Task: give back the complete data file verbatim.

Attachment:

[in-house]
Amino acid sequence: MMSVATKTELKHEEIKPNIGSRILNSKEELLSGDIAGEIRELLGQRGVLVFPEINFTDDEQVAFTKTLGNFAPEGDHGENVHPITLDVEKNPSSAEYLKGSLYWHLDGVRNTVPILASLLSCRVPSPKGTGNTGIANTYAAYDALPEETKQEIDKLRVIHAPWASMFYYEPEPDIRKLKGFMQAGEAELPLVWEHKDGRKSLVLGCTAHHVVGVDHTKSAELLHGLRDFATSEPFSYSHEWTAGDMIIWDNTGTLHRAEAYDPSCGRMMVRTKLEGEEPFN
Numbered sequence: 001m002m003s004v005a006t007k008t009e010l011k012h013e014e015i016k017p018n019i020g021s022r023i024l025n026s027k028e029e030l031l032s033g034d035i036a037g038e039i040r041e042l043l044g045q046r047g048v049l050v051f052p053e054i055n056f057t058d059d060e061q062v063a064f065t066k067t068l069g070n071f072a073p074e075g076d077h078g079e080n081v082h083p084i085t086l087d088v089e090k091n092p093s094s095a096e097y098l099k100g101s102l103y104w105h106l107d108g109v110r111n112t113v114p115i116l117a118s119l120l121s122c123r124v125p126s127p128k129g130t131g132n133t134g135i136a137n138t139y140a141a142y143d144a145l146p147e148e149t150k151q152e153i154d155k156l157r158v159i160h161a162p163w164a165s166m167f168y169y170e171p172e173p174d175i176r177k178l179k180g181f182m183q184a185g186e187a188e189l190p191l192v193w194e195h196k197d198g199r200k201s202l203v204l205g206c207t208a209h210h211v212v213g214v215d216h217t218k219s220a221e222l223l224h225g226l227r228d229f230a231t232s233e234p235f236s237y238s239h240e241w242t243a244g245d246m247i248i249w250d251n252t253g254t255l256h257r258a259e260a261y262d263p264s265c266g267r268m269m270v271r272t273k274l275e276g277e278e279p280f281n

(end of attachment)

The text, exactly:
[in-house]
Amino acid sequence: MMSVATKTELKHEEIKPNIGSRILNSKEELLSGDIAGEIRELLGQRGVLVFPEINFTDDEQVAFTKTLGNFAPEGDHGENVHPITLDVEKNPSSAEYLKGSLYWHLDGVRNTVPILASLLSCRVPSPKGTGNTGIANTYAAYDALPEETKQEIDKLRVIHAPWASMFYYEPEPDIRKLKGFMQAGEAELPLVWEHKDGRKSLVLGCTAHHVVGVDHTKSAELLHGLRDFATSEPFSYSHEWTAGDMIIWDNTGTLHRAEAYDPSCGRMMVRTKLEGEEPFN
Numbered sequence: 001m002m003s004v005a006t007k008t009e010l011k012h013e014e015i016k017p018n019i020g021s022r023i024l025n026s027k028e029e030l031l032s033g034d035i036a037g038e039i040r041e042l043l044g045q046r047g048v049l050v051f052p053e054i055n056f057t058d059d060e061q062v063a064f065t066k067t068l069g070n071f072a073p074e075g076d077h078g079e080n081v082h083p084i085t086l087d088v089e090k091n092p093s094s095a096e097y098l099k100g101s102l103y104w105h106l107d108g109v110r111n112t113v114p115i116l117a118s119l120l121s122c123r124v125p126s127p128k129g130t131g132n133t134g135i136a137n138t139y140a141a142y143d144a145l146p147e148e149t150k151q152e153i154d155k156l157r158v159i160h161a162p163w164a165s166m167f168y169y170e171p172e173p174d175i176r177k178l179k180g181f182m183q184a185g186e187a188e189l190p191l192v193w194e195h196k197d198g199r200k201s202l203v204l205g206c207t208a209h210h211v212v213g214v215d216h217t218k219s220a221e222l223l224h225g226l227r228d229f230a231t232s233e234p235f236s237y238s239h240e241w242t243a244g245d246m247i248i249w250d251n252t253g254t255l256h257r258a259e260a261y262d263p264s265c266g267r268m269m270v271r272t273k274l275e276g277e278e279p280f281n